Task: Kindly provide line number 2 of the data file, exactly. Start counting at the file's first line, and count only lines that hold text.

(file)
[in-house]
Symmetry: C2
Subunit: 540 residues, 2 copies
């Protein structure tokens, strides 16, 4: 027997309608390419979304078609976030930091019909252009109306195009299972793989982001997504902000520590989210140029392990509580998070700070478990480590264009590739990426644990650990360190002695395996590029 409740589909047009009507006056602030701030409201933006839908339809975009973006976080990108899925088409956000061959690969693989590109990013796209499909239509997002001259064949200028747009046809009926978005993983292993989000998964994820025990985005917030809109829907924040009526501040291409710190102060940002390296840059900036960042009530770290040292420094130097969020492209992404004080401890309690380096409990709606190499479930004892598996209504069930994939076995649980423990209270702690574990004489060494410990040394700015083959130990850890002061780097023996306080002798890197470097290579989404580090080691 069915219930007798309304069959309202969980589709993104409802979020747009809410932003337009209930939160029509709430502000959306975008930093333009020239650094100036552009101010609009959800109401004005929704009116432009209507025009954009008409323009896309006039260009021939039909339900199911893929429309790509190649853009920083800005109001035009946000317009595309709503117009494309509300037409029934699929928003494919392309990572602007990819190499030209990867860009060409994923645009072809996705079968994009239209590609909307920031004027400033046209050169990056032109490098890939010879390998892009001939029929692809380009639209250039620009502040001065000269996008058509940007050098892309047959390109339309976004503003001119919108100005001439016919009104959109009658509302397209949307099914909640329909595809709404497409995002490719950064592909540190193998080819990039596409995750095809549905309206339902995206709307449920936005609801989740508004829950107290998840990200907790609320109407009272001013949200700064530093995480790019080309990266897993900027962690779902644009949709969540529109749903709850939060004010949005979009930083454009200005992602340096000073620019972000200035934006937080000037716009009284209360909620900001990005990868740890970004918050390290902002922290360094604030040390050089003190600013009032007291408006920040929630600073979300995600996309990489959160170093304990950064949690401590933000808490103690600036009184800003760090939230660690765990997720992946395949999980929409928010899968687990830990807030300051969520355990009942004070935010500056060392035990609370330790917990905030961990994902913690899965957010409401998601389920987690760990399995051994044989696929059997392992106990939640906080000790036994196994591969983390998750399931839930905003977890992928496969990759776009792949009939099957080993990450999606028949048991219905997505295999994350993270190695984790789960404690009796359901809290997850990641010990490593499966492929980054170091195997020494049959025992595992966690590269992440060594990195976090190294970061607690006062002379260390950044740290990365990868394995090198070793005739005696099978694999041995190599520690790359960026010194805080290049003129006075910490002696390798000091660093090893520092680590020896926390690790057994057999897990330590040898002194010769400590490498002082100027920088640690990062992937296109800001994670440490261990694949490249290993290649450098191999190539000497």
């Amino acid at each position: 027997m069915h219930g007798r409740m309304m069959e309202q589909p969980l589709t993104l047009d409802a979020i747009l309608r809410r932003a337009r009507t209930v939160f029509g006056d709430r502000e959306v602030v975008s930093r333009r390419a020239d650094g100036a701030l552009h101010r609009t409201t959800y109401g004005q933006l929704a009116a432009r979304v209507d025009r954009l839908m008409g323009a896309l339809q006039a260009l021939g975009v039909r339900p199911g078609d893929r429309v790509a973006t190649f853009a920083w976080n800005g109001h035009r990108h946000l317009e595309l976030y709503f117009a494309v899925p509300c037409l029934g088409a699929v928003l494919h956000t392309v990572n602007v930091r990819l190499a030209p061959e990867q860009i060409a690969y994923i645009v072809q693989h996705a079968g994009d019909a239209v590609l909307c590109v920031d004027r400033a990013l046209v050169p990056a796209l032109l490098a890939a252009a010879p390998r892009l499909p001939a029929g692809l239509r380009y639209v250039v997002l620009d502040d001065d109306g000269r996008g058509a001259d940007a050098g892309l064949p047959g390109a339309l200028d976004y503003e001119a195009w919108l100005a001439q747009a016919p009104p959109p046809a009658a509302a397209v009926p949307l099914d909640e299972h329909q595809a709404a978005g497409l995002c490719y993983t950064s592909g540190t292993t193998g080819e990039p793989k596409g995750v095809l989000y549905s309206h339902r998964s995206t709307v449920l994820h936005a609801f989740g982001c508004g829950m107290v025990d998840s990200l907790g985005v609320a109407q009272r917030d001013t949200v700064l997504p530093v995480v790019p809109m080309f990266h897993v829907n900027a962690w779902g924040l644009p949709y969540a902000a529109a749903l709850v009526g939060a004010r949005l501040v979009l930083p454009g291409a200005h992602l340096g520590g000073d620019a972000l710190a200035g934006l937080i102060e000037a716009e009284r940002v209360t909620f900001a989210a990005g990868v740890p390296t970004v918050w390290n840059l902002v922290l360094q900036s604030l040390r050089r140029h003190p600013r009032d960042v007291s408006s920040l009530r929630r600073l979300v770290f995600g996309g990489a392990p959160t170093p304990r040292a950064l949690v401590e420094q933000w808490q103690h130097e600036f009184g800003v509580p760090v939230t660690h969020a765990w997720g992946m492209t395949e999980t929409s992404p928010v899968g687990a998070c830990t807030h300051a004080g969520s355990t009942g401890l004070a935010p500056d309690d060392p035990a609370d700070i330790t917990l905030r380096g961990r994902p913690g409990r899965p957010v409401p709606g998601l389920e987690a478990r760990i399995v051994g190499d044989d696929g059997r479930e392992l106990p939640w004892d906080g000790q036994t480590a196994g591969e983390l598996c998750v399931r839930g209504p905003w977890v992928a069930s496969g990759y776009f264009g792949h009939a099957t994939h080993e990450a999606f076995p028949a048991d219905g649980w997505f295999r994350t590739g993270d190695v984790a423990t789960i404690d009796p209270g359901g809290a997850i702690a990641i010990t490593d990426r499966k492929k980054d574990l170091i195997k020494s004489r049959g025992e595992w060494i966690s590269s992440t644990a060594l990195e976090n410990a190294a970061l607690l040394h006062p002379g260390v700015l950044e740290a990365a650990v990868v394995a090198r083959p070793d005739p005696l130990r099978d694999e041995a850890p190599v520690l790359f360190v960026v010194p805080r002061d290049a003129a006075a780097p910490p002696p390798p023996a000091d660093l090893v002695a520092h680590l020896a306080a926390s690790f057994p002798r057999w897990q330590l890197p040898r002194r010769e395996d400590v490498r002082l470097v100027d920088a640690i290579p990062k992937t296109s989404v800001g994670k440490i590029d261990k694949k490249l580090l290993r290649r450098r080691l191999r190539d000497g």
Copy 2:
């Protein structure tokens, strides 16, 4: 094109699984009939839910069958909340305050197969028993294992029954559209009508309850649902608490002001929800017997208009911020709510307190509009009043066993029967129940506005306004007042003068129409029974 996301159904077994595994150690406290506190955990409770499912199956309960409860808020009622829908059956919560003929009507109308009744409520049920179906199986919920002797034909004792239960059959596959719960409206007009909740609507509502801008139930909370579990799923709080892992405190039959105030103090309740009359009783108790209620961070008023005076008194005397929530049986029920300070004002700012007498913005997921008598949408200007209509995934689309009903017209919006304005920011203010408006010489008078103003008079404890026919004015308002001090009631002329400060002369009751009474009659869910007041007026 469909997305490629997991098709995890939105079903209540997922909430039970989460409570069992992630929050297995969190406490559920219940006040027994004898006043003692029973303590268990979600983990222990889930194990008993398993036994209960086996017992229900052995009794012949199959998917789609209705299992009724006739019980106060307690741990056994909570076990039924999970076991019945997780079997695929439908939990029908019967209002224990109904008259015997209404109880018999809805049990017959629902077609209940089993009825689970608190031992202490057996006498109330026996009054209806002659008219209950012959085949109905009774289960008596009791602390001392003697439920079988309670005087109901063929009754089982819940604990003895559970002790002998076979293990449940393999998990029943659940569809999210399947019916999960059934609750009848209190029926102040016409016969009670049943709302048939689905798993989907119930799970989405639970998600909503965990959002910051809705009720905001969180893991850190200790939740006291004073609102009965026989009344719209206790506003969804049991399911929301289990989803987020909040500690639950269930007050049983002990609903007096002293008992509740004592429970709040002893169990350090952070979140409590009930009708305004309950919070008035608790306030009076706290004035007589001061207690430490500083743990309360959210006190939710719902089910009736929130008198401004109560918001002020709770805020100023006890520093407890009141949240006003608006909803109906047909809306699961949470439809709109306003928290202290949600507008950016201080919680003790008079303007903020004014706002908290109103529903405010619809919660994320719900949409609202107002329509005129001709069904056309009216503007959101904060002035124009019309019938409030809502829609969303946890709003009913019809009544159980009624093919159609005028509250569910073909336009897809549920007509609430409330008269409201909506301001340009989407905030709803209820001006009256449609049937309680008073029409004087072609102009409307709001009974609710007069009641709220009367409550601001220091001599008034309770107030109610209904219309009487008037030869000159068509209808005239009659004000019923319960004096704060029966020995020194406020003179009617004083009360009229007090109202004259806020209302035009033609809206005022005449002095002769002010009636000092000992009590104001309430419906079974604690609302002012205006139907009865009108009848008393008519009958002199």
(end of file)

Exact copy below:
Symmetry: C2